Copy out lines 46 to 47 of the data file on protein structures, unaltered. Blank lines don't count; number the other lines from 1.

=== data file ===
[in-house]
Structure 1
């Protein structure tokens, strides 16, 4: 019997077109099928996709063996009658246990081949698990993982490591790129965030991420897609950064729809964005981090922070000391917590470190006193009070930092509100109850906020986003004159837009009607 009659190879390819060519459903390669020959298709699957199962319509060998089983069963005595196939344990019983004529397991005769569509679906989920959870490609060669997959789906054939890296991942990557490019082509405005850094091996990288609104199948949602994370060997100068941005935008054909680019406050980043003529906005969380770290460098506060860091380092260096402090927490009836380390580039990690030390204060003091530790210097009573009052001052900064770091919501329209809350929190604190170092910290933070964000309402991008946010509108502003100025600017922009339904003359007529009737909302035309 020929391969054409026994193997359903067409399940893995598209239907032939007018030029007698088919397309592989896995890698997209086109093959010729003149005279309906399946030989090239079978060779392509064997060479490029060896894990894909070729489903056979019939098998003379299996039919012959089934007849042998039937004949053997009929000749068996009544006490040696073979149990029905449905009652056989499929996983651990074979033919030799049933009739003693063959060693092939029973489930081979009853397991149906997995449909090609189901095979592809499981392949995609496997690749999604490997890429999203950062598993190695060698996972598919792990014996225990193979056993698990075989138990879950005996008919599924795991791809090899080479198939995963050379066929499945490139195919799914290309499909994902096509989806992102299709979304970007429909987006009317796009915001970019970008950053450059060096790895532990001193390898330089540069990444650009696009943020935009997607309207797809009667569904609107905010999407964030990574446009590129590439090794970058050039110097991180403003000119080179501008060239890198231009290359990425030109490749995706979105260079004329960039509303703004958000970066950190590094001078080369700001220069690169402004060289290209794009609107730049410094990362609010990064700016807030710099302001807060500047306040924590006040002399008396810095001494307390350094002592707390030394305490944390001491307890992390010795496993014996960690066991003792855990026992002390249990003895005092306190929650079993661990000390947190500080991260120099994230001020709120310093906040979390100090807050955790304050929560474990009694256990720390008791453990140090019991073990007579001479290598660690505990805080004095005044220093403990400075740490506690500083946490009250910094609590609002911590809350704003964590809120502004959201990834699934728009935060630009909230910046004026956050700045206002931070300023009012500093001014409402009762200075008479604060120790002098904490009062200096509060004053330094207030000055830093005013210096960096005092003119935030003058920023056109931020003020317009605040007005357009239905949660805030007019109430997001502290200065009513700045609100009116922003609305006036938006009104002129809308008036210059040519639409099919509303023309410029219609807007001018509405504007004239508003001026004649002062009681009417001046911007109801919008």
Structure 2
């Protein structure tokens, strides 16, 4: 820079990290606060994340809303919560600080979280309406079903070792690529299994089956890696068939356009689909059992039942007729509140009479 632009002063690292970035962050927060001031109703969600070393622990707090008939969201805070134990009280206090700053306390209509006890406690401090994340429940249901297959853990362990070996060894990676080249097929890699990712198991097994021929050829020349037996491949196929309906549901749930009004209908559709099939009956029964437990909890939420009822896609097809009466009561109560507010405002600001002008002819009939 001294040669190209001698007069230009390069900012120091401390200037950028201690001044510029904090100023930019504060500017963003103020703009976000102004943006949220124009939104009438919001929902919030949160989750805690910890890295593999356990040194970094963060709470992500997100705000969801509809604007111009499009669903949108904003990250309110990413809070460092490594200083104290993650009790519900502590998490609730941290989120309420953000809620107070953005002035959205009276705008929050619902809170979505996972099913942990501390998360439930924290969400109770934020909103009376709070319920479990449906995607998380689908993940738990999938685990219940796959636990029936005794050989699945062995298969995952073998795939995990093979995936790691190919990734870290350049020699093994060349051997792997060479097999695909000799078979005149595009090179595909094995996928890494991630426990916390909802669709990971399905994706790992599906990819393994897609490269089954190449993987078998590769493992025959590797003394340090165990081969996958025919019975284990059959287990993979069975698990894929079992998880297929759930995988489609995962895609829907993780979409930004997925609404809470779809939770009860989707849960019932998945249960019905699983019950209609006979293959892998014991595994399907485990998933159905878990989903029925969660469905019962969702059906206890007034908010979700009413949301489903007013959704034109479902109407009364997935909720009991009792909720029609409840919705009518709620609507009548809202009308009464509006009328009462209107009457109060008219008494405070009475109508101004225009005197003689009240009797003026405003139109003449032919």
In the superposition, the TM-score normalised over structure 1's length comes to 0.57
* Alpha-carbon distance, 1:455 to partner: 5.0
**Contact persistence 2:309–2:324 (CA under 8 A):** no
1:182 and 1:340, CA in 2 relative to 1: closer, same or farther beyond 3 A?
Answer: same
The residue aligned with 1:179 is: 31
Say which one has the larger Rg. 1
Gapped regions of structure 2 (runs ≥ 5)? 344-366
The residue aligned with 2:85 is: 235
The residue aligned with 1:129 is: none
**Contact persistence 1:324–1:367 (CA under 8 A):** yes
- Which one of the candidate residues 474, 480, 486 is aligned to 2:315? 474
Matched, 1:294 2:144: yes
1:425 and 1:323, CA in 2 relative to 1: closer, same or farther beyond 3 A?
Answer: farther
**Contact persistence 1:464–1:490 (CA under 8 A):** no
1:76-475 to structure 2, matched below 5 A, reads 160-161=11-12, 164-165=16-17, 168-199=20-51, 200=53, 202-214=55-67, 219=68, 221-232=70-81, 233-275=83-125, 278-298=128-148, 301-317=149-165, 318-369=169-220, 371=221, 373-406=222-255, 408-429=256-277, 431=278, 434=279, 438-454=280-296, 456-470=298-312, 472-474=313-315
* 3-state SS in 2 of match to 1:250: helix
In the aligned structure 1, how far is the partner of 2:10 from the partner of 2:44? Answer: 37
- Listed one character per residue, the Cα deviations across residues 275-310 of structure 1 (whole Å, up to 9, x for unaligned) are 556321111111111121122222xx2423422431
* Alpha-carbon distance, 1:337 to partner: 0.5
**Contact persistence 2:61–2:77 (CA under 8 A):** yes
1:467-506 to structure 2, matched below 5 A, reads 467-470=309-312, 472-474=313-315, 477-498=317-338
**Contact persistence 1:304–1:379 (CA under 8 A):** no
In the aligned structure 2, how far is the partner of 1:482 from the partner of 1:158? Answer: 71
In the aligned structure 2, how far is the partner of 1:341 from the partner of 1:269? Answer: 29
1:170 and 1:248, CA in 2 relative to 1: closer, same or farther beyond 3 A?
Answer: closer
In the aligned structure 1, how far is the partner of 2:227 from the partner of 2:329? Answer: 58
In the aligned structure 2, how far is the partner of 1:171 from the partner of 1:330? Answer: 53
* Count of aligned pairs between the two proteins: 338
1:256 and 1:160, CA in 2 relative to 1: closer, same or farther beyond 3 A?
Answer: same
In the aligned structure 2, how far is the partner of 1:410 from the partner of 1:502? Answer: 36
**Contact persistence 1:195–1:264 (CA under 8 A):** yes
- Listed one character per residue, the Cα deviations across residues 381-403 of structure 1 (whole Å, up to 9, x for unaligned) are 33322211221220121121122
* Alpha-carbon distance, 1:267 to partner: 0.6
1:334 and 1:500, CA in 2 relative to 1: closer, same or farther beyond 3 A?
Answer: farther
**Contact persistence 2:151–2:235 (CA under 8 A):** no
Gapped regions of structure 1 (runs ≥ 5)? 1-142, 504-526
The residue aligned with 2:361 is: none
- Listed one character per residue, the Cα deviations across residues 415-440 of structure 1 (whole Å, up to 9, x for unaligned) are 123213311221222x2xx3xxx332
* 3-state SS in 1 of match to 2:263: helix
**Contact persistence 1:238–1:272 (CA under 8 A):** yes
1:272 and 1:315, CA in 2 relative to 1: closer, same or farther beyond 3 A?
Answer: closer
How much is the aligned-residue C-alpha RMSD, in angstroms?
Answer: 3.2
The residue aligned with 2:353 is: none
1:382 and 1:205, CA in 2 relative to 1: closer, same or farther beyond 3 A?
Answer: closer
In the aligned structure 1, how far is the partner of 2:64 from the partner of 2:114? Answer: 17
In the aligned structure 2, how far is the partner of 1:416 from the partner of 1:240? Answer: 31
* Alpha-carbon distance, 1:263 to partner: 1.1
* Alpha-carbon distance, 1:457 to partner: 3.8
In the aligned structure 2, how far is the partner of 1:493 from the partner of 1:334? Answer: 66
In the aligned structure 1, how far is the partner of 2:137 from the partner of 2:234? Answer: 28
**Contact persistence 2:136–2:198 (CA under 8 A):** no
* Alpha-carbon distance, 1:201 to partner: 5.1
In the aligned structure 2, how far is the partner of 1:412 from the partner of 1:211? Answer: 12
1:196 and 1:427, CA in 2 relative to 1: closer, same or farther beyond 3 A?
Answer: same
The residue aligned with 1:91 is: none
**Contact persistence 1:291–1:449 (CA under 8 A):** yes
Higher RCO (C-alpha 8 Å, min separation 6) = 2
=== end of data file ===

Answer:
Gapped regions of structure 1 (runs ≥ 5)? 1-142, 504-526
The residue aligned with 2:361 is: none